Annan warned that a "second, massive" wave of death will sweep through devastated areas if the international community fails to contribute funds sought by the world body.
"There are no excuses. If we are to show ourselves worthy of calling ourselves members of humankind, we must rise to this challenge. Our response will be no less than a measure of our humanity," he stressed.
Annan made the appeal at an unscheduled press conference yesterday as UN humanitarian agencies warned that 10,000 children could die within the next few weeks of hunger and hypothermia in Pakistan. Besides, tens of thousands were in peril because of worsening weather, injury and illness.
So far, firm commitments for only USD 37 million, or 12 per cent, of the UN Flash Appeal of USD 312 million have been made. In comparison, the Indian Ocean tsunami Flash Appeal at the beginning of the year was 80 per cent funded within 10 days of the disaster.
Analysts attribute it to donor fatigue in a year which has witnessed several disasters.
Annan asked the international community to immediately provide 450,000 more winterised tents and temporary shelters and two million blankets and sleeping bags to help the victims of the quake which has already killed an estimated 42,000, injured 67,000 and left some three million homeless.
He urged key donors and organisations, including NATO and the OIC, to mobilise the assets of its member states to meet the unprecedented logistical challenges.
"We need helicopters, trucks, heavy lifting equipment, shelter and health care," Annan said. "We need tarpaulins, ground sheets and stoves. We need water and sanitation equipment. We need food supplies."
He said one of the lessons drawn from such experiences is that the UN should have a higher Central Revolving Fund, which will allow it to initiate operations very quickly.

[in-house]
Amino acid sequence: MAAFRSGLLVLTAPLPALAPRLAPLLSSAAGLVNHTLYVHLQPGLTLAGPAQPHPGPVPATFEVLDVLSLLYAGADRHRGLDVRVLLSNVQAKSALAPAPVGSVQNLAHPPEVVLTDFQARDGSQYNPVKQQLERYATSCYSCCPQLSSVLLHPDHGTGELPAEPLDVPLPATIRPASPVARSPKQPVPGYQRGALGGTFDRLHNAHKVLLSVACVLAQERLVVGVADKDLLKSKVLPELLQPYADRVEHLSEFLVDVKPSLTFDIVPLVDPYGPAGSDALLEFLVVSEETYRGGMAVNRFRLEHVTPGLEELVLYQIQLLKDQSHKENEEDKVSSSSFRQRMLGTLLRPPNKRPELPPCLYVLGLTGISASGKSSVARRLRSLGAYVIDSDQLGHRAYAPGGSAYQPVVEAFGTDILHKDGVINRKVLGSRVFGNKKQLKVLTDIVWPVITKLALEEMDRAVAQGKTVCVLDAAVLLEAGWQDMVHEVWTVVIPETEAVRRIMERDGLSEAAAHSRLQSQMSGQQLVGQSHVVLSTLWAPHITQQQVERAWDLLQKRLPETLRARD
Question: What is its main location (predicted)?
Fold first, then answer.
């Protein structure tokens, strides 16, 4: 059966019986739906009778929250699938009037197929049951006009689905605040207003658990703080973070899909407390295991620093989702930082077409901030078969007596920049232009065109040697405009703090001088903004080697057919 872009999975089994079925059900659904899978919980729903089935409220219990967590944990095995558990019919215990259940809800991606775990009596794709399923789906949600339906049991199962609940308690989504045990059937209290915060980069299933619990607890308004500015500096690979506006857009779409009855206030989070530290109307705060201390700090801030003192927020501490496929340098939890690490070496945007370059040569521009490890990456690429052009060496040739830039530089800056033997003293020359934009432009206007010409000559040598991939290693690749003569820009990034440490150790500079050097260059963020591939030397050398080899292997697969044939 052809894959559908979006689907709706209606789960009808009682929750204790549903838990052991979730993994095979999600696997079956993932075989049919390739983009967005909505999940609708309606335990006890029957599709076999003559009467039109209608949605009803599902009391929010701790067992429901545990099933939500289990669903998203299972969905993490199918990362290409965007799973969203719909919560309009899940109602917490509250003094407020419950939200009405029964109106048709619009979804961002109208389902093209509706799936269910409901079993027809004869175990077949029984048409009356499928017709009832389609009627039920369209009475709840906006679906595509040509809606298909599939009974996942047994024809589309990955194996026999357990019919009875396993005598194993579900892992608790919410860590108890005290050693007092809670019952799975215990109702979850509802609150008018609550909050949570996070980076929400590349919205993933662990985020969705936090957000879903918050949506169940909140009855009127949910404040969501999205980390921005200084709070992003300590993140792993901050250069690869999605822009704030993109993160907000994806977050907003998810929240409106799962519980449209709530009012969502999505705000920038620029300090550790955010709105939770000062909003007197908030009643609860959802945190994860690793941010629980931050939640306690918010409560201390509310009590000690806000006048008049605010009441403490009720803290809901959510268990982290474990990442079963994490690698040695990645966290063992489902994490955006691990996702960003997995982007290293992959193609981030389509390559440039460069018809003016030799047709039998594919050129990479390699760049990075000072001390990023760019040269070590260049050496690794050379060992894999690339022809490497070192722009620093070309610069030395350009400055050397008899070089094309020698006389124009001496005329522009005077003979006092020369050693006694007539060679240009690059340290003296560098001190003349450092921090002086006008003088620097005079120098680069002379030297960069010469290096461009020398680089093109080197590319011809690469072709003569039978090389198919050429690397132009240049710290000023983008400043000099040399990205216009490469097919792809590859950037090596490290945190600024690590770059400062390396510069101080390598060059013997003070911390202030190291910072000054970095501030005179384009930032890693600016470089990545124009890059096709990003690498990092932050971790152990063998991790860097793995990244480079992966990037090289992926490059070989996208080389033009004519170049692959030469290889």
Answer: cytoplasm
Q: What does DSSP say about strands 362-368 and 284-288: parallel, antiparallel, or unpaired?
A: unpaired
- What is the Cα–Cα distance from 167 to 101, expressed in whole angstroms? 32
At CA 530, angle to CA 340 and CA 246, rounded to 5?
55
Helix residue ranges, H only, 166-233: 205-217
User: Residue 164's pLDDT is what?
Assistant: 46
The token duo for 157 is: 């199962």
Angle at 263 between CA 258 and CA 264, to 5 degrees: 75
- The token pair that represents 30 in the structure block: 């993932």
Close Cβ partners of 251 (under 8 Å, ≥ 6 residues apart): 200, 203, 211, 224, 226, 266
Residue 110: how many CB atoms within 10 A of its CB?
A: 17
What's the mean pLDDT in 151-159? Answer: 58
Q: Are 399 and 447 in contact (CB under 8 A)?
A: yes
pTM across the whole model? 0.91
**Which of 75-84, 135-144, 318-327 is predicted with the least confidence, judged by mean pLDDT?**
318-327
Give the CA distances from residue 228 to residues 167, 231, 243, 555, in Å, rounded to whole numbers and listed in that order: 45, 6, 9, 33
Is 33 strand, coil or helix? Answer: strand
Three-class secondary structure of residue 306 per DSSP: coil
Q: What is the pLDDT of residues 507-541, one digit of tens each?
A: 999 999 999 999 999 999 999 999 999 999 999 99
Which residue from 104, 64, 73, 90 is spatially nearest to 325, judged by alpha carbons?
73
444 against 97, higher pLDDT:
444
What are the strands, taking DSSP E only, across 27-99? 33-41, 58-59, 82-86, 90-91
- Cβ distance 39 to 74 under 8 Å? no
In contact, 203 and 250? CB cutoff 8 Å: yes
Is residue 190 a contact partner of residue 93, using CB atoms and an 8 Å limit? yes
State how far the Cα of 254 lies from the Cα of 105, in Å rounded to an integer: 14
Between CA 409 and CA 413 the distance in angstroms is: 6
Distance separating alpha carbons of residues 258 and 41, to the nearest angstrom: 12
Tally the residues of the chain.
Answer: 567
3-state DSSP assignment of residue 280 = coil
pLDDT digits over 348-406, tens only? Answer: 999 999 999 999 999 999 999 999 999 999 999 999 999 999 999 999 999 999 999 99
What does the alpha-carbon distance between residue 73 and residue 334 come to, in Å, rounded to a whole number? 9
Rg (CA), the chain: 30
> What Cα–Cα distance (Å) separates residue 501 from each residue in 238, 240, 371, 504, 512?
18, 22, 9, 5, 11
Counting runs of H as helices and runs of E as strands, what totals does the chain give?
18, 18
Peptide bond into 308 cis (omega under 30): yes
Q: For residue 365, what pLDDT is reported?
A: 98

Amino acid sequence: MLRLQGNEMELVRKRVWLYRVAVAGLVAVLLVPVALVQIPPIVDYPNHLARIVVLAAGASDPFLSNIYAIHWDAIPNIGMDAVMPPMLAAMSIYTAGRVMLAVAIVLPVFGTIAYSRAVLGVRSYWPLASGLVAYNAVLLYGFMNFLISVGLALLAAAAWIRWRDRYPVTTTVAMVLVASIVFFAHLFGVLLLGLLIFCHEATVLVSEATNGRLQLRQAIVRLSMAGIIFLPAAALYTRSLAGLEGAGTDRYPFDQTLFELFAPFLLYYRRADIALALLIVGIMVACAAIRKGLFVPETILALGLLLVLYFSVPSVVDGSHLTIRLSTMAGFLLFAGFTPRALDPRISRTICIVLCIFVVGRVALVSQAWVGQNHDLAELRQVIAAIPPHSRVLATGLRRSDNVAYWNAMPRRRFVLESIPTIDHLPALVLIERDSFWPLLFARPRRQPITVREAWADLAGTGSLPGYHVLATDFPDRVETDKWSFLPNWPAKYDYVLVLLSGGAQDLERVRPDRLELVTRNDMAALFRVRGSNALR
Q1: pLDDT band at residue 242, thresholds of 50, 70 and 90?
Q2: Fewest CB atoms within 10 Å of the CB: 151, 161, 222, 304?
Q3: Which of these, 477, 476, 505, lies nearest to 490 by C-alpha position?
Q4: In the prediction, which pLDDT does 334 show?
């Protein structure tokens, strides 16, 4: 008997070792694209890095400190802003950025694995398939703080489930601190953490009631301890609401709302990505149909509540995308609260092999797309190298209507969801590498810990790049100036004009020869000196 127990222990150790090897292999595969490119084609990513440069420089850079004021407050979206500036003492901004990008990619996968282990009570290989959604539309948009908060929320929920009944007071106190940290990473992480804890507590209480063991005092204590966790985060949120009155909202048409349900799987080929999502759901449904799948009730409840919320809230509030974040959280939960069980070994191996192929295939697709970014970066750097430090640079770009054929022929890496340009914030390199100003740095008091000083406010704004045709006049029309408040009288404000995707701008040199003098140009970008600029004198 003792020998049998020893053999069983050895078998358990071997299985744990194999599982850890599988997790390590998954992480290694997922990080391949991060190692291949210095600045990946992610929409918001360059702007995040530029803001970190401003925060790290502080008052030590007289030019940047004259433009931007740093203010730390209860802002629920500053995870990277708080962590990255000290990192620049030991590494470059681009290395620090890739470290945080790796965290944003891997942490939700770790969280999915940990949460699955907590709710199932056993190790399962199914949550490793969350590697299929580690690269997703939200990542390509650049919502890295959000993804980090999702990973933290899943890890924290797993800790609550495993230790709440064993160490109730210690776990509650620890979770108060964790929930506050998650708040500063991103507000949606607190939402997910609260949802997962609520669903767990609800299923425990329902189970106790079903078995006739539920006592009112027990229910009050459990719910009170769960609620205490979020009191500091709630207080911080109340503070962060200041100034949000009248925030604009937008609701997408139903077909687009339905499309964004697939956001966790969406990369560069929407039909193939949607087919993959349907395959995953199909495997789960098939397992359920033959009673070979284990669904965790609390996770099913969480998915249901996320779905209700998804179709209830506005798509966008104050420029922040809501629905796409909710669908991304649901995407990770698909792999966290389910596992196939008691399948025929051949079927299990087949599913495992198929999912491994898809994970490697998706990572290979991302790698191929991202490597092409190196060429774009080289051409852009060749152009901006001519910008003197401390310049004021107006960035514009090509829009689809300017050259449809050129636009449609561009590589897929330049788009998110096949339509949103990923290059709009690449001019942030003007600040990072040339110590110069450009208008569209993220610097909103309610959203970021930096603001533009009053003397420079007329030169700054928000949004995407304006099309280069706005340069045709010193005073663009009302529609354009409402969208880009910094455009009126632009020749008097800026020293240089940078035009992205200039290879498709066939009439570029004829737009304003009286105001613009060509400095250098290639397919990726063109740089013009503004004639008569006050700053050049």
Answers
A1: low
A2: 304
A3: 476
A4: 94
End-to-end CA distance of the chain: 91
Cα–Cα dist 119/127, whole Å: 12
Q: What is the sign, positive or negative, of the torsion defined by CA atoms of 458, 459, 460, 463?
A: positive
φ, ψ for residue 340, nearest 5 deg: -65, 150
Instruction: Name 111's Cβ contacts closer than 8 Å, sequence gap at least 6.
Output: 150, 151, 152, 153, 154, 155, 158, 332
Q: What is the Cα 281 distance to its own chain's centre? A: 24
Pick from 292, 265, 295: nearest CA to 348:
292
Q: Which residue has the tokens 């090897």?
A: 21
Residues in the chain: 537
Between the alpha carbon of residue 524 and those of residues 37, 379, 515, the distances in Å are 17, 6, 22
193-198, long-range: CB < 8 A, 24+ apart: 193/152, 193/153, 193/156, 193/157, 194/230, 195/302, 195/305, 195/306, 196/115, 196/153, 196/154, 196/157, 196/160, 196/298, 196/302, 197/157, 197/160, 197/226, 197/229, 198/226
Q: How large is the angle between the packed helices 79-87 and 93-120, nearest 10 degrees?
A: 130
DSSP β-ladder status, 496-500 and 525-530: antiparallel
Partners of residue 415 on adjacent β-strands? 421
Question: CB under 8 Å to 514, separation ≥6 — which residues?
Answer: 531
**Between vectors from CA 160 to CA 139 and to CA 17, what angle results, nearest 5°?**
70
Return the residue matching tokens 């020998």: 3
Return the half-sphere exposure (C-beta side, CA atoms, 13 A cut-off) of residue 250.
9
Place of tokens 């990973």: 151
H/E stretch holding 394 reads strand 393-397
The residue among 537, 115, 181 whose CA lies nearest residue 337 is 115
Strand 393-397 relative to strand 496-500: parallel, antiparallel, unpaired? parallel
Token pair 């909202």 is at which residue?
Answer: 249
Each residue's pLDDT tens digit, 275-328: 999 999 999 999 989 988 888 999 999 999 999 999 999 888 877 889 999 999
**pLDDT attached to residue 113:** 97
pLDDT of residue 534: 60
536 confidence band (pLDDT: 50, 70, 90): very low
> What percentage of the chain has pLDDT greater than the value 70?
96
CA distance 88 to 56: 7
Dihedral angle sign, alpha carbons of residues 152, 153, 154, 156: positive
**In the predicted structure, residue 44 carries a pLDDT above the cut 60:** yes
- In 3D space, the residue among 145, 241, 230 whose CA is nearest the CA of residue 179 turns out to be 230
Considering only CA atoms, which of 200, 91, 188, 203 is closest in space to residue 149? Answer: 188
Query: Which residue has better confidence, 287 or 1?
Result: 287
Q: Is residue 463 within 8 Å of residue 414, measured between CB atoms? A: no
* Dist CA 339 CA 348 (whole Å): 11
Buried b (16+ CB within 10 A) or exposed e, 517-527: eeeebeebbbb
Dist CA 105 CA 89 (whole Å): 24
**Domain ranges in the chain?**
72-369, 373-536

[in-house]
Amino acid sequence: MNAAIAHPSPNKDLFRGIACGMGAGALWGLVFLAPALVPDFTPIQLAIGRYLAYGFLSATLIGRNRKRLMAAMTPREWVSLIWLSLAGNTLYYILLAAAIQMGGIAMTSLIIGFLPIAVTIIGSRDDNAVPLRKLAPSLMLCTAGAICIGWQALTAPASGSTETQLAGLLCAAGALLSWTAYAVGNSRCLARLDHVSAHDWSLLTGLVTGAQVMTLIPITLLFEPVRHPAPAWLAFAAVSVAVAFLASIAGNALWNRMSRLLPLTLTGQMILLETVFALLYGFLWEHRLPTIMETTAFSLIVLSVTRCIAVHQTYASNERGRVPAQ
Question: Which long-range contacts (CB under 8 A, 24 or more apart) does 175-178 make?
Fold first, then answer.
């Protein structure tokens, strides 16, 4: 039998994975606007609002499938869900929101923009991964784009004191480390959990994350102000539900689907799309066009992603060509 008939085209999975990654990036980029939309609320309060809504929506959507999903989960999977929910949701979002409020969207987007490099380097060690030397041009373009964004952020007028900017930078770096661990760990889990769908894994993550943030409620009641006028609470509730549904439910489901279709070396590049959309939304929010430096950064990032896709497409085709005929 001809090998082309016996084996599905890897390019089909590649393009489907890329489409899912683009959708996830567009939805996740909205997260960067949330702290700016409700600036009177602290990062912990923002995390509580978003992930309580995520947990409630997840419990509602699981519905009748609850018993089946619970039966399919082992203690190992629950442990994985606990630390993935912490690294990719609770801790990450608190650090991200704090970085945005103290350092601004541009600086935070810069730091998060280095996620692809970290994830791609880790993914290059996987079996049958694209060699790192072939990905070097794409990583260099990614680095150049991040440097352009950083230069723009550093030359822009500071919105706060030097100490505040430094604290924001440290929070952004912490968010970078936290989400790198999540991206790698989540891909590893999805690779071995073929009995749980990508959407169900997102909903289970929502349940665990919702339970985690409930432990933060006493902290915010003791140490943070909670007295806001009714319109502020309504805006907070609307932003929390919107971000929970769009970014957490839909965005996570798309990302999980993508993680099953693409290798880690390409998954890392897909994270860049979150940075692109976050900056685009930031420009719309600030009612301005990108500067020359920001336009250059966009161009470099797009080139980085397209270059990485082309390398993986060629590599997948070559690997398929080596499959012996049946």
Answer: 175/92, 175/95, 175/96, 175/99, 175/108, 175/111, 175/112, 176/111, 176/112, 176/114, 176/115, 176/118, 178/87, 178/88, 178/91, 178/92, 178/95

"We have asked for a Revolving Fund of between USD 500 million and 1 billion. If we had those funds we could have moved very quickly and then replenish the Central Fund when contributions come in," he added.
Speaking about logistic challenges, Annan noted that thousands of people had still not been reached, and the toll could rise sharply as relief workers reach new areas.
"The people and government of Pakistan are faced with an extraordinary challenge and we need to make an extraordinary effort to support them," he said.
Annan urged governments to attend next week's donors meeting in Geneva to give urgency to the situation.
Painting an equally grim picture, UNICEF Executive Director Ann M Veneman warned that as many as 120,000 children in the mountains still lacked access to aid.
"Temperatures have dropped and weather conditions are getting worse," she said in Copenhagen, Denmark, where she was visiting the agency's global supply warehouse. "Tens of thousands of children are at risk."
Under current circumstances, even if tents and blankets were to arrive immediately, children would still be at serious risk due to a lack of medical assistance, dehydration because of bad water, and malnutrition.
"There is a significant threat of disease, with outbreaks of diarrhoea already reported," Veneman said. "Given the intermittent shut-downs of the air corridor because of bad weather, consequences for sick and injured children could be grave."
At the press conference, Annan said it was impossible for any picture to convey the sheer magnitude of the catastrophe and that in the most affected areas covering some 28,000 square kilometres of Pakistan, all essential infrastructure had been destroyed.
"That means thousands of hospitals and schools, government buildings and water systems, major roads and transport," he added.